Dr Cirillo’s letter to Nelson

Dr Domenico Cirillo was a noted botanist and Enlightenment thinker, a man who befriended many a grand tourist and corresponded with Joseph Banks. That eminent musicologist, Dr Burney, would note that he spoke English better than any Italian he knew, and “as such had been the physician to much of the English community … his politics were reformist, his education enlightened”. He must have been well known to Sir William and Lady Hamilton, and a frequent visitor at court. In 1799, when the Neapolitan republic was declared following the flight of the royal family, Cirillo took up office in the new government, initially concerning himself with charity for the poor before assuming the post of president of the legislative commission. This was, in effect, his death warrant.

When the republic collapsed in June 1799, the Neapolitan republicans had mostly sought refuge in the city’s forts. They signed a treaty allowing them to go to France. Nelson then arrived and disputed the terms, but then relented. The republicans came out, and boarded 14 transports in the harbour. Nelson then prevented them from leaving and repudiated the treaty, seizing the leaders and sending anyone sought by the Bourbons to trial in the city. Sir William Hamilton informed Sir John Acton in Palermo how the stratagem had played out:

“How the cardinal will relish this letter I cannot tell, but I know that affairs could not be going on worse for their Majesties’ honour than they did before we came to this resolution — in our minds necessary for their Majesties’ honour I have reason to believe we have Cirillo and all the most guilty on board these polaccas, and the stroke was quite unexpected, and so will be the arrival of their Majesties and your Excellency, should you determine — as we sincerely wish.”

Cirillo was onboard the transports and, in early July 1799 was brought aboard the Portuguese ship, the San Sebastian, and was initially allowed a degree of freedom, perhaps in the hope that he would confess and admit his guilt. He did not and seems to have refused to be treated any differently from his incarcerated colleagues, so, at Nelson’s orders, he was placed in irons. The good doctor Cirillo protested, sending a letter to Nelson on 15 July (transcript of BL Add 34912, f. 334):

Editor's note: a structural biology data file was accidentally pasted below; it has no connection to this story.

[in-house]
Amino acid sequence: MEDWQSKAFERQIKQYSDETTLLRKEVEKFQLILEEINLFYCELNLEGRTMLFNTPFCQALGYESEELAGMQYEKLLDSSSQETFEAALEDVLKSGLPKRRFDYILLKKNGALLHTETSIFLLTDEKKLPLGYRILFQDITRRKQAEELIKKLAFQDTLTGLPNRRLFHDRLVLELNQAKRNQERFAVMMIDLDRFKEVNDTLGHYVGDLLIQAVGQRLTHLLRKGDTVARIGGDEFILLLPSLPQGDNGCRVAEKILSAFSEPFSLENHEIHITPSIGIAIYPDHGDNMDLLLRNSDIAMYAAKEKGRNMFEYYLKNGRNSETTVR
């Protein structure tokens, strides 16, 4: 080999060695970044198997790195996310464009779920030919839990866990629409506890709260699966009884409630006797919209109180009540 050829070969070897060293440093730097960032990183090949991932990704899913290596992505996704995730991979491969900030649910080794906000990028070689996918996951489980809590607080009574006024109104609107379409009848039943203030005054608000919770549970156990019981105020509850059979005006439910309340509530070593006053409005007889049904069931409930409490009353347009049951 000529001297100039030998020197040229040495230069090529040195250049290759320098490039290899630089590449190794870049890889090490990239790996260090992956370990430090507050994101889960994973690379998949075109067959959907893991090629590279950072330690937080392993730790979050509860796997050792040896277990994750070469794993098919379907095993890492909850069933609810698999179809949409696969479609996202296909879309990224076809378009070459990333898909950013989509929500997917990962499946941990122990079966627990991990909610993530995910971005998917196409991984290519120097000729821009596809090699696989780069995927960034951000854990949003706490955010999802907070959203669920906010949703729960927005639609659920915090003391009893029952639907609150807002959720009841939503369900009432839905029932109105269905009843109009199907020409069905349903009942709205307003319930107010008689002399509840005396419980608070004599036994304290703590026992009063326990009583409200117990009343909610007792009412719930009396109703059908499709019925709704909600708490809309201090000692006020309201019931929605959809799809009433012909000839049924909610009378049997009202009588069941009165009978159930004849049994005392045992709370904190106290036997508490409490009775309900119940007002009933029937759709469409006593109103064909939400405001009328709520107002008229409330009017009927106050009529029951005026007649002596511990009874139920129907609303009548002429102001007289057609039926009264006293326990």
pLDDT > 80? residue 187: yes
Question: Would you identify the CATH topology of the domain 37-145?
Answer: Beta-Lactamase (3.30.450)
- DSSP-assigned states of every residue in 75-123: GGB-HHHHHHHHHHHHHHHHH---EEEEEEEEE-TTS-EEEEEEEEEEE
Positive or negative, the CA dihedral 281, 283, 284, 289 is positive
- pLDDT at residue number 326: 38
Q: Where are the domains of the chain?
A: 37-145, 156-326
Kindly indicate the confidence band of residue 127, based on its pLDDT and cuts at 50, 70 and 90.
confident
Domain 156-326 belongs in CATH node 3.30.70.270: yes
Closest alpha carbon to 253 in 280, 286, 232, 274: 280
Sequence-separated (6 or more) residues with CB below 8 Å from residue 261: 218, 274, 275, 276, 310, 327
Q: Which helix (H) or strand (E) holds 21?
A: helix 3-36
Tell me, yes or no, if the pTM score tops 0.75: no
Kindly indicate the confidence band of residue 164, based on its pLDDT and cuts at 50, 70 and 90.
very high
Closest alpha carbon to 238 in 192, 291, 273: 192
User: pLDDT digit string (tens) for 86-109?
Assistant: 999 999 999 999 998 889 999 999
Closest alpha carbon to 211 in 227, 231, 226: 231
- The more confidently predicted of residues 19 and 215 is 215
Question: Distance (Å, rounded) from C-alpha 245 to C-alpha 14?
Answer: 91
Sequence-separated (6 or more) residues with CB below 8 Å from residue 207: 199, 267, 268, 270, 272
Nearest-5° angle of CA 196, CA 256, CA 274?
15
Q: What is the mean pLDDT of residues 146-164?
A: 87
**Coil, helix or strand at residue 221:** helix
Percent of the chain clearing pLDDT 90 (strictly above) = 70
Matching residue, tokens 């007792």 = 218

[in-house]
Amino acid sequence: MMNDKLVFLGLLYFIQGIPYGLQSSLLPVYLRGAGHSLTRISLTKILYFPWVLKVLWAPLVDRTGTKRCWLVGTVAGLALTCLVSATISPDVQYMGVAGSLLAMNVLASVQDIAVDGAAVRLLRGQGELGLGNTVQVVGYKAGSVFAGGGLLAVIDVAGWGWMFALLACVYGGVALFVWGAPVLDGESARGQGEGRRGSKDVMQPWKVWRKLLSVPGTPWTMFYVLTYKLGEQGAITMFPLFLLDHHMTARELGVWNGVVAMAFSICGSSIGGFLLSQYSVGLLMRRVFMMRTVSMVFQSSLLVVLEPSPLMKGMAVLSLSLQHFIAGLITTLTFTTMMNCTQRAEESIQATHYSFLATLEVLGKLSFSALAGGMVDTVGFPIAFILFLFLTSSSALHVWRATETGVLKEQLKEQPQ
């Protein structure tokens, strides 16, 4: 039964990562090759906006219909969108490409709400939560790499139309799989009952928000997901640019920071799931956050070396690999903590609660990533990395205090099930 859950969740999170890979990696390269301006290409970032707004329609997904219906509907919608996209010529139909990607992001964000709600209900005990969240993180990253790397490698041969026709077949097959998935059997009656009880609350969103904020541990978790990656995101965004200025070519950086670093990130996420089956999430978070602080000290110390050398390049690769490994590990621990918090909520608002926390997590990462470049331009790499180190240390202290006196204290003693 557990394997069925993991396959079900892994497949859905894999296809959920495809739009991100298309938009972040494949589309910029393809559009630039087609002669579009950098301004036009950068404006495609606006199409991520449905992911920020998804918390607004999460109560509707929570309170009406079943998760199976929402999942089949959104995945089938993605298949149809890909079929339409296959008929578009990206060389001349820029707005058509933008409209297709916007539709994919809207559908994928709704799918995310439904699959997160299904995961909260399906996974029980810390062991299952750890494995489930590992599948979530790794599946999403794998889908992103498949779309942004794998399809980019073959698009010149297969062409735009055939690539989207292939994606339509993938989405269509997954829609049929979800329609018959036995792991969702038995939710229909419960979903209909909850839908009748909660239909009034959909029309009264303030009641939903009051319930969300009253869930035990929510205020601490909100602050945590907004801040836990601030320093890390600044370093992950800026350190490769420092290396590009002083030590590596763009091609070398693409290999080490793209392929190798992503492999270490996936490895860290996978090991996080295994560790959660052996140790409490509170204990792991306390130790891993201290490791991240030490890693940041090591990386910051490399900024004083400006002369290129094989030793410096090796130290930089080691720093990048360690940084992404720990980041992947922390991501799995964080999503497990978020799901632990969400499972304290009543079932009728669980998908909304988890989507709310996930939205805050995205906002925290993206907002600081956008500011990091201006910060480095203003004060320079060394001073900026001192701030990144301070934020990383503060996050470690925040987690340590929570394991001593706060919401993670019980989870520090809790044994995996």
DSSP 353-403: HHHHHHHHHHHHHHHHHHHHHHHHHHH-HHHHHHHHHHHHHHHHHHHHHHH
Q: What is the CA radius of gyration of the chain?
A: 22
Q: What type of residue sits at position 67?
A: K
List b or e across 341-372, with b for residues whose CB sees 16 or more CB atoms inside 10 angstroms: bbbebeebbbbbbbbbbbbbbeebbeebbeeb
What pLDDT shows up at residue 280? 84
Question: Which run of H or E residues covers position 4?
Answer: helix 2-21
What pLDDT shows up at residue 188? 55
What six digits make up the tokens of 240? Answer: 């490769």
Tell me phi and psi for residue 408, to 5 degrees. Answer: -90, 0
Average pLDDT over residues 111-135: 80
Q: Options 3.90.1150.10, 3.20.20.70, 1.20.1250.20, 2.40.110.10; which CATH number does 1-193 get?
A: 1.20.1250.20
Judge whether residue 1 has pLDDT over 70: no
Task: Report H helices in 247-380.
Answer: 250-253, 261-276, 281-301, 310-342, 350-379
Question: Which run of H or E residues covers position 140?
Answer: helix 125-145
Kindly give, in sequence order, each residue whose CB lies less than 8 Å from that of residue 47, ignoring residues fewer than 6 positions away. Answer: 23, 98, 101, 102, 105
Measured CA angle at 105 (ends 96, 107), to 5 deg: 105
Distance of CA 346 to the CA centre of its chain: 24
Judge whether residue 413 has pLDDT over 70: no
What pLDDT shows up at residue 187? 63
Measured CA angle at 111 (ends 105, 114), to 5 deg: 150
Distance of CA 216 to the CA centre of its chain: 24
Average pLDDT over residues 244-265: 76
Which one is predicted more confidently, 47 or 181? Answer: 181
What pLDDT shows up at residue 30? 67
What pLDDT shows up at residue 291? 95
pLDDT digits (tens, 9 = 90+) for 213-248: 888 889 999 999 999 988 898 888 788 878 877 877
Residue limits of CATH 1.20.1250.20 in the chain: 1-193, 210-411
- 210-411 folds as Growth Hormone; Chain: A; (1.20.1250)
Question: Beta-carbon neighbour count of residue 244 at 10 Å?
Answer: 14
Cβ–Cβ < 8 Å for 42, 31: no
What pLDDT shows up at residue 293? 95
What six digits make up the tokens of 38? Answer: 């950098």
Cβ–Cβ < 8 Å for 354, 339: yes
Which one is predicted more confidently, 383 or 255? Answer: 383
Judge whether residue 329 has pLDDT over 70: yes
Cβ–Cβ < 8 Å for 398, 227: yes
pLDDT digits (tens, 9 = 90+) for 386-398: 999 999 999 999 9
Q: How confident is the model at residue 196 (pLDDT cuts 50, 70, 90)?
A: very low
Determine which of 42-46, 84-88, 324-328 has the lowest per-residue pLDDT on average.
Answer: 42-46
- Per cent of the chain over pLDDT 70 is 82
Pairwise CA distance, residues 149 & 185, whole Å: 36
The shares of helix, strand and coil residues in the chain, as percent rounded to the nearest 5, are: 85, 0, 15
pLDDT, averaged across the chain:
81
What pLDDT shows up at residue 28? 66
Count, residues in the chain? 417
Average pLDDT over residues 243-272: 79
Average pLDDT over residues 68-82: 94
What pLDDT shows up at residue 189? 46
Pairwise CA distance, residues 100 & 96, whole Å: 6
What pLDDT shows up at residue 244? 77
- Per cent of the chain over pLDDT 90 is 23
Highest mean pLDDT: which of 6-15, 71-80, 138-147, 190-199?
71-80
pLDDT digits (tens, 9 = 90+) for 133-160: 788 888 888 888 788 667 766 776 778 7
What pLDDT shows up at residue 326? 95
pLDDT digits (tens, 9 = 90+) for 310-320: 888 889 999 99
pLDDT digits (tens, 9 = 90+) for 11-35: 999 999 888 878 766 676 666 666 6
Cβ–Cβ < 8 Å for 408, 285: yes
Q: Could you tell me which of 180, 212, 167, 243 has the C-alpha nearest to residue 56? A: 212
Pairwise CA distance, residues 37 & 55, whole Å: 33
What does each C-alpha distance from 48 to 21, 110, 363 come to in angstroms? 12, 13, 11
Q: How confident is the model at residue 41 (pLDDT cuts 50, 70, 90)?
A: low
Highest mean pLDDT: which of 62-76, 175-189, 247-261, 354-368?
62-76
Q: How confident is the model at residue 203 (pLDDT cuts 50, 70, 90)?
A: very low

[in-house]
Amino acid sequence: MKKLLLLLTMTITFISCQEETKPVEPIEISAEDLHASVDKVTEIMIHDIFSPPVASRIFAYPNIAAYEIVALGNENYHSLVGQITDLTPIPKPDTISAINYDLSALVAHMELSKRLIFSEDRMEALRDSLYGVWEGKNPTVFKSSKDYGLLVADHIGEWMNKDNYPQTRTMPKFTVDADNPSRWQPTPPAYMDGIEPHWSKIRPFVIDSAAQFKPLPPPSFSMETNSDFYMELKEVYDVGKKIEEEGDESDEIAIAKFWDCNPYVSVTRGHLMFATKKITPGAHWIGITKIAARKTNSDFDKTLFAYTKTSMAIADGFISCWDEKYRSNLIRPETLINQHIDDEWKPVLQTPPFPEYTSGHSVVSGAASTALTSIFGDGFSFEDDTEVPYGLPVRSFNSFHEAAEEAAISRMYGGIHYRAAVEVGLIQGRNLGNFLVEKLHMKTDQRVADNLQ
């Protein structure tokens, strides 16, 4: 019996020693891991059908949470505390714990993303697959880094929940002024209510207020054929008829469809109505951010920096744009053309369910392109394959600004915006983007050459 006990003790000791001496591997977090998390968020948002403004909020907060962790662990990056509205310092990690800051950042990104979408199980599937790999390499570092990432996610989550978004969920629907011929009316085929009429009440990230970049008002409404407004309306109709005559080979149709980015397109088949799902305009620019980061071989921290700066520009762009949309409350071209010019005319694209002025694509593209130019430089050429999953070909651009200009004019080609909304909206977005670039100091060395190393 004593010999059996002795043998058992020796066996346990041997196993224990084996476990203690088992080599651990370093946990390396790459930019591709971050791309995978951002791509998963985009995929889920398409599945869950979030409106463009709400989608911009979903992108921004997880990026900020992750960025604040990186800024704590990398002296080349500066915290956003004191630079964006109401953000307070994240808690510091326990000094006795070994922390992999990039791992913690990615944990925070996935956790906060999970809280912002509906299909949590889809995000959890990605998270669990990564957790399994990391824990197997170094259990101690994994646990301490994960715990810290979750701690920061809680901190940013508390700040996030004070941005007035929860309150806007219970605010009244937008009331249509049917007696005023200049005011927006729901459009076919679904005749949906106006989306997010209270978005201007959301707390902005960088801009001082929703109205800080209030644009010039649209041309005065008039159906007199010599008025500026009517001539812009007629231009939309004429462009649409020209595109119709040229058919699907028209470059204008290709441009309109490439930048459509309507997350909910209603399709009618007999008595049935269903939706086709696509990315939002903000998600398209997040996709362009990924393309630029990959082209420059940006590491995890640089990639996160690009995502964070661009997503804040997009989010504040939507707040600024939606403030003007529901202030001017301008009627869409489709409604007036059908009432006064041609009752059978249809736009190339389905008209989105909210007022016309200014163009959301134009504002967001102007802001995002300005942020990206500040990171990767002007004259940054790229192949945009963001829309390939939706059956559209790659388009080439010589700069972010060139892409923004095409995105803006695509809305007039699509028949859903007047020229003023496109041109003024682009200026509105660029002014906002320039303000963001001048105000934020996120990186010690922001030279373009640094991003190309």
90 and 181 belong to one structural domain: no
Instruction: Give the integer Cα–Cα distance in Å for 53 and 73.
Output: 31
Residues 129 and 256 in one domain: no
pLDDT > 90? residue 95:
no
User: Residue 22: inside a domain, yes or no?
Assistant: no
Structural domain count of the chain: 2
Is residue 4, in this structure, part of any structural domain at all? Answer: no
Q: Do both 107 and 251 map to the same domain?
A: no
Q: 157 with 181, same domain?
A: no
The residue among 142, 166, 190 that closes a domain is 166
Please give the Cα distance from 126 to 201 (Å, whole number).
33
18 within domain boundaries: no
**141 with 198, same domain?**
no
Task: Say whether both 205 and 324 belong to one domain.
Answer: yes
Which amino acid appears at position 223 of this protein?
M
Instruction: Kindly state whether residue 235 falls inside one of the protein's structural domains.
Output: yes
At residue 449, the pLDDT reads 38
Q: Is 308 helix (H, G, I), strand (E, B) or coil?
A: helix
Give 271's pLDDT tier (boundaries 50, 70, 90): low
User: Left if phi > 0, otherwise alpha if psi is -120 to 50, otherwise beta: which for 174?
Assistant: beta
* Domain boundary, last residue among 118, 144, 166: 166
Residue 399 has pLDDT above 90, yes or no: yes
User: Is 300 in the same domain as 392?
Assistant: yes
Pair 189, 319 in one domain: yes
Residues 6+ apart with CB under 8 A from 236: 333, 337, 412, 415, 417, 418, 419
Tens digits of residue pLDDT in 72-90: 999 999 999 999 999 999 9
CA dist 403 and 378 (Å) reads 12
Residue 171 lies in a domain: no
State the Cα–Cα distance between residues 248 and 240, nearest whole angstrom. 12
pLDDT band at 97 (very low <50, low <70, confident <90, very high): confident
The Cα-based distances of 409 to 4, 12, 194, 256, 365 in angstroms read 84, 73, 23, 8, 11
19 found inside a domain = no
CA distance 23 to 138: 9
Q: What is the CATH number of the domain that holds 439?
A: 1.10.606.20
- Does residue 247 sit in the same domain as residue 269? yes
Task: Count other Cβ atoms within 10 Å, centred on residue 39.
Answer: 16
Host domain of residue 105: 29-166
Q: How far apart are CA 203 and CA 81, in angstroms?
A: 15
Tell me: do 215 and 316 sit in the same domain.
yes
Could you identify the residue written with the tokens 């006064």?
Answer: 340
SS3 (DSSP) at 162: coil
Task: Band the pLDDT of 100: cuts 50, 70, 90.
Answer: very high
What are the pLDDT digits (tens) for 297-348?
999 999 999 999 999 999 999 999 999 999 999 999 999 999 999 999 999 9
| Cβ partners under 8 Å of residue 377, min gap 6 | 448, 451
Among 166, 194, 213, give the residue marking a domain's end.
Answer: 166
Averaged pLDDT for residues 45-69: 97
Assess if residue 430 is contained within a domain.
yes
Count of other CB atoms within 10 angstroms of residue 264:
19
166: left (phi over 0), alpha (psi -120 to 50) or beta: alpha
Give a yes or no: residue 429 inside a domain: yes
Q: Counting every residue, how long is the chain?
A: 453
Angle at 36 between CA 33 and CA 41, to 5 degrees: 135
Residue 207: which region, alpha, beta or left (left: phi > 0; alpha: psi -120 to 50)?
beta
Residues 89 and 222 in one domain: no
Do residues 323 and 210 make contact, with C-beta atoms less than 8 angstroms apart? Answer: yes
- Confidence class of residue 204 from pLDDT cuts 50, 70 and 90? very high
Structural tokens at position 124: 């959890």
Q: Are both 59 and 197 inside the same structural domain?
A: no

This is the third day since I am in irons without any additional crime, and while my conduct on board this ship has always been very regular and exact. Therefore, milord, if by your protection and by your orders I could be released from irons I shall take this great favour as the forerunner of that pardon which by your powerful patronage I flatter myself I shall obtain from our merciful king and ministers. I am with the greatest respect, Milord, your Lordship’s most obedient and most humble servant, D. Cirillo.”

The Hamiltons sought to get him to confess his role, plead guilty and ask for clemency. He did not, as revealed when Nelson wrote Cirillo “might have been saved, but that he chose to play the fool and lie”, and a letter from Cirillo to Lady Hamilton appears to be a forgery drafted as a confession of guilt.

The intrigue went no where, Nelson and the Hamiltons refusing to intervene unless Cirillo acknowledged his guilt. Cirillo refused to confess and to save himself whilst his fellow prisoners were punished. And there was to be no pardon. In early August Cirillo was brought ashore and confined in the Nuovo fort. He was tried at the end of September and sentenced to hang. A diarist noted how “the obstinate republican” Cirillo met his death on 29 October. Queen Maria Carolina’s comment when she heard he had been killed speaks of his ultimate defiance: “Cirillo has been executed, he was insolent unto the last”. Sir William, at least, was sorry, remarking that November:

“The trials of the principal Neapolitan rebels having been carried on without intermission ever since we left the bay of Naples, many of all classes have suffered death, by having been either beheaded or hanged; among the latter we have seen with regret the name of Doctor Domenico Cirillo, one of the first physicians, botanists and naturalists in Europe.”